Thinking about establishing a retirement plan for your business? One option to consider is a Simplified Employee Pension (SEP). A SEP is an individual retirement account that an employer or a self-employed person can establish and make pre-tax contributions to on behalf of its employees. Employees cannot contribute to their accounts as they are exclusively employer-funded. SEP plans do not offer Roth or post-tax contributions. A SEP plan can be adopted as late as the extended due date of the employer’s income tax return.
The employer will deduct the contributions to employee SEP accounts as an ordinary business expense. Additionally, SEP contributions are exempt from Social Security and Medicare taxes. Thus, an owner-employee does not pay Social Security or Medicare tax on the SEP contributions. A SEP does not have the start-up and operating costs of a conventional retirement plan which makes the set up more cost effective.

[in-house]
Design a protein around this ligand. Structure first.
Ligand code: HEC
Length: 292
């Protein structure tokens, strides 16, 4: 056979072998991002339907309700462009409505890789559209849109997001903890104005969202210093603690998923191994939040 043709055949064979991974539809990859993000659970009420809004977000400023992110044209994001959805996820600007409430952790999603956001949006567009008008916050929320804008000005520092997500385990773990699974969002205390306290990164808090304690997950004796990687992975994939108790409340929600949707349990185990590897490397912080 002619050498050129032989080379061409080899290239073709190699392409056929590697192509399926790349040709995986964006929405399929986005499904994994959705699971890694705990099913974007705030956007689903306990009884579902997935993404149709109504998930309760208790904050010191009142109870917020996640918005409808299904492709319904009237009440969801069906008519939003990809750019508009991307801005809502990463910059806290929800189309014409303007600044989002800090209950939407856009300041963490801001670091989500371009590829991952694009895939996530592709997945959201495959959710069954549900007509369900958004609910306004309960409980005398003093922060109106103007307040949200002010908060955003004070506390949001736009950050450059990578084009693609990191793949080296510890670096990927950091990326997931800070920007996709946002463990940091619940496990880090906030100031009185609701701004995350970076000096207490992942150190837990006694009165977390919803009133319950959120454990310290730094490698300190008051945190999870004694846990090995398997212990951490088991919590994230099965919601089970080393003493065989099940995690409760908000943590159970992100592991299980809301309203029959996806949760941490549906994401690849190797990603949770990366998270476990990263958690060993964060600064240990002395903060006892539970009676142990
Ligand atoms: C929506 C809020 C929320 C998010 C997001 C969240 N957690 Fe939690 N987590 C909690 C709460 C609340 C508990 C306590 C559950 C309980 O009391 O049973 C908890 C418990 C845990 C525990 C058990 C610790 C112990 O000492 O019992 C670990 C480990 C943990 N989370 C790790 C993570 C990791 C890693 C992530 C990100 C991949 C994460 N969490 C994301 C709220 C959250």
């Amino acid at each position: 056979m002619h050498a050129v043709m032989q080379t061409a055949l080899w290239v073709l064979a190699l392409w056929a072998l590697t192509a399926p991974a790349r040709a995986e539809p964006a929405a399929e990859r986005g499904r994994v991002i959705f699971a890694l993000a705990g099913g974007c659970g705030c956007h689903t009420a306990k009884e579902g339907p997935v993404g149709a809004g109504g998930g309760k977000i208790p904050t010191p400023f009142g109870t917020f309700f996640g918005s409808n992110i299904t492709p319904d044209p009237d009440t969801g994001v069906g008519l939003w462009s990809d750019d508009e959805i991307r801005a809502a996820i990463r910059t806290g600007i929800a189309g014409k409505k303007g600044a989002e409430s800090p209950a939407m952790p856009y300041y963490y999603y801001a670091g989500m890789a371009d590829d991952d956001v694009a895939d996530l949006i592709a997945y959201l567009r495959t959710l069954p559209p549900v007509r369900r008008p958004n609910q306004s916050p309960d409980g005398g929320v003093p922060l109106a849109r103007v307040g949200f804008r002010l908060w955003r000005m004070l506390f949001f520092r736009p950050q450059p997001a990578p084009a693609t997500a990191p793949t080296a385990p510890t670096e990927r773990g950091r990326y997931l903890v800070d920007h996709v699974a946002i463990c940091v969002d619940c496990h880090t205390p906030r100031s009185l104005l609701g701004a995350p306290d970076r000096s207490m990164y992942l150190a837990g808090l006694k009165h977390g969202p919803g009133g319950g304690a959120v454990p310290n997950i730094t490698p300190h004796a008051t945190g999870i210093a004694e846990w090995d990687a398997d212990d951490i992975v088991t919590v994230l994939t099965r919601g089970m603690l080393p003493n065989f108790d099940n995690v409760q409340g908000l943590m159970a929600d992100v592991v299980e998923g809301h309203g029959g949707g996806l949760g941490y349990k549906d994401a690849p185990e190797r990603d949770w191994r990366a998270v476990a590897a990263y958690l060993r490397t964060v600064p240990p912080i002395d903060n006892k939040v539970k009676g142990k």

With the SEP, the employer’s contribution to the employee’s SEP cannot exceed the lesser of:
- 25% of the employee’s compensation, or
- $61,000 for 2022 ($66,000 for 2023)
- Self-employed persons can contribute up to 20% of their net self-employment earnings toward their own account.
- Elective salary deferrals and catch-up contributions are not permitted in SEP plans
The IRS sets the annual contribution limits; however, employers can make an annual determination as to the amount they will fund for each employee. Overall, the low start-up costs and flexibility in funding makes a SEP worth considering.